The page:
A Valley Without Wind 2, and with good reason, I think. These things take time to do right, and we're now hitting the point where we're really proud to start sharing this with a wider audience.
First off, here's the new video -- it's more or less a Let's Play where I walk you around through a bit of the early game. Apologies for the sound of the game kind of drowning out my explanations in a few parts there.
And screenshots (you can click them to enlarge them):
Heavy Cat Studios, who has been contracted to do the art for this game, has really been doing a superb job, eh? Bear in mind that some of this isn't final yet, and there's still more to come. All in all the art for this game involved over 3,500 individual pieces of art (including animation frames in that number), and that's an enormous order that they've been turning around in a really stellar amount of time.
Did Someone Say Private Alpha?
I did, indeed. The first batch of players has the game now, and we'll be doing more batches over the next few days. We only get to collect each person's first impression once, and having a strong start to the game (with it being easy to pick up) is important to us. So we're doing alpha in multiple groups in order to make sure we make the best use of the first impressions available to us at this early stage.
What About Public Beta?
We're expecting to hit public beta early next week, probably Monday or Tuesday. We still have a lot of art to add and monsters and characters to add before we hit 1.0 in January, but the game is imminently playable at the moment and quite a bit of fun.
As soon as we're certain we've got the initial experience down the way we want based on player feedback, and have a few more coats of polish here and there, we'll be all set for beta.
So What, In A Nutshell, Is Different From A Valley Without Wind 1?
Well, the art is obviously very much better -- that's an easy one. But pretty much the entirety of the gameplay has been revamped, too. The original game had drifted a lot toward the MMO genre in its design, and we've reigned that back in and are planted solidly back in Metroidvania territory where we had always intended to be.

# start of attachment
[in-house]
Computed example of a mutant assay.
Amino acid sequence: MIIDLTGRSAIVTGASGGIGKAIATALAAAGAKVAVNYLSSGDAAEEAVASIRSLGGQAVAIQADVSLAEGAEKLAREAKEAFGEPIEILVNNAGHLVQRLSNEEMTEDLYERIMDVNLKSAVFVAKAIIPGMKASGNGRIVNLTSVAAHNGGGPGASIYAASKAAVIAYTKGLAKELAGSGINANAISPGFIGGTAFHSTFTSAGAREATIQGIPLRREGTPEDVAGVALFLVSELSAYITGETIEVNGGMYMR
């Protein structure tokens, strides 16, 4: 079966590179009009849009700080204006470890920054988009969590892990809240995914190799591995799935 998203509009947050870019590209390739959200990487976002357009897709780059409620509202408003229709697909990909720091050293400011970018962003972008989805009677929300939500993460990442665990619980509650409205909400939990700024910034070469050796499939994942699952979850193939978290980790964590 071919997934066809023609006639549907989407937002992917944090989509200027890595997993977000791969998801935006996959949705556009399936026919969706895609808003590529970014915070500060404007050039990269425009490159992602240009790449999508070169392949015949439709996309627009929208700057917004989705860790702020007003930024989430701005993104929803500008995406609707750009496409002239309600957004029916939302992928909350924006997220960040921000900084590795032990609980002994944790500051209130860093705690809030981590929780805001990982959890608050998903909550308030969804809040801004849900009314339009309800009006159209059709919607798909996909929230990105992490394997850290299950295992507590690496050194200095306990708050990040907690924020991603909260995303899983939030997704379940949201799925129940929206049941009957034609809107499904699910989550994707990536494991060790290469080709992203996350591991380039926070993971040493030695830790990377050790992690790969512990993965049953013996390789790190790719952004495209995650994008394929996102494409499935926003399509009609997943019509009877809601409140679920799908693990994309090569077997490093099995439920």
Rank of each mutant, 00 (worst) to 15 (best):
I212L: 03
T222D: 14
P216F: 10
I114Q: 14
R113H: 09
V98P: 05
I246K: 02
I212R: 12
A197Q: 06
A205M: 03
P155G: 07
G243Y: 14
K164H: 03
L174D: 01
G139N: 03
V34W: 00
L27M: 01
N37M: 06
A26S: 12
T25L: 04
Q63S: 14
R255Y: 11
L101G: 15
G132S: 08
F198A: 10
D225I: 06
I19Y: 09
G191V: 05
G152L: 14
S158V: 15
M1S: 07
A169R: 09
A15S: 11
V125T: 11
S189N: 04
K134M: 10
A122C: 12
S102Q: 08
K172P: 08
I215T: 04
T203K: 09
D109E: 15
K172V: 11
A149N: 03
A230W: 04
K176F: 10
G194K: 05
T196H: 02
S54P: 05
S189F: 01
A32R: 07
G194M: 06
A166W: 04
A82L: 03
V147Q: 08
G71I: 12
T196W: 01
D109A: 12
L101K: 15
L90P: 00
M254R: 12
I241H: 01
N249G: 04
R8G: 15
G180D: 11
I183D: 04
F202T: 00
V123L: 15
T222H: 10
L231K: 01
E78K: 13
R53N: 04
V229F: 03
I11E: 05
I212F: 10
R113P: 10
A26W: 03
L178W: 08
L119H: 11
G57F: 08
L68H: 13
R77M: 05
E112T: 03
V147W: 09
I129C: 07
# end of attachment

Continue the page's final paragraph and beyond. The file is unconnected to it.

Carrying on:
Even within the genre of Metroidvania, we're doing some really interesting and unique things, though. Combat is more visceral and tactile this time around. Spells have mass and can block each other, and the way enemies are designed and placed has been re-thought from the ground up. Combat has been slowed down to some extent, but also made far more intense.
The "mage classes" give defined loadouts that are still way more flexible than your average Metroidvania title. And the feats and perks give interesting customization. While our interpretation of equipment gives a mild taste of random loot drops, though that's not a major focus here; if you're expecting a Diablo or a Torchlight experience, you're going to be sorely disappointed with that aspect. But it's really cool and unique for the Metroidvania genre.
With AVWW1 we first tried having a strategy game and a citybuilding game as part of it. Then we cut the strategy and just focused on the citybuilding. Then we revised the citybuilding bits several times. It never really accomplished what we wanted, although each iteration was interesting in its own right.
Here there is a very defined strategy game that is extremely tightly coupled into the main Metroidvania gameplay -- you literally can't progress in either mode of play without playing them both, and you'll find yourself flipping back and forth between modes every few minutes, keeping either one from getting monotonous. I'm extremely excited about how this is turning out on the strategic side.
The other thing is that with the first game there wasn't much of a story to speak of -- lots of backstory, sure, but not much going on with your specific characters. Since there was permadeath, you had just a run of bunches of Generic Character #5s that you'd never get that attached to. Here you play as one character the whole time, and there's a lot more dialogue and interactions with both your rebel allies and your evil foes. The overlord isn't some abstract presence that is "oppressing people" in ways unseen -- he's actively out there in the world oppressing you at every turn. No NPCs are going to have to tell you that guy has it coming. ;)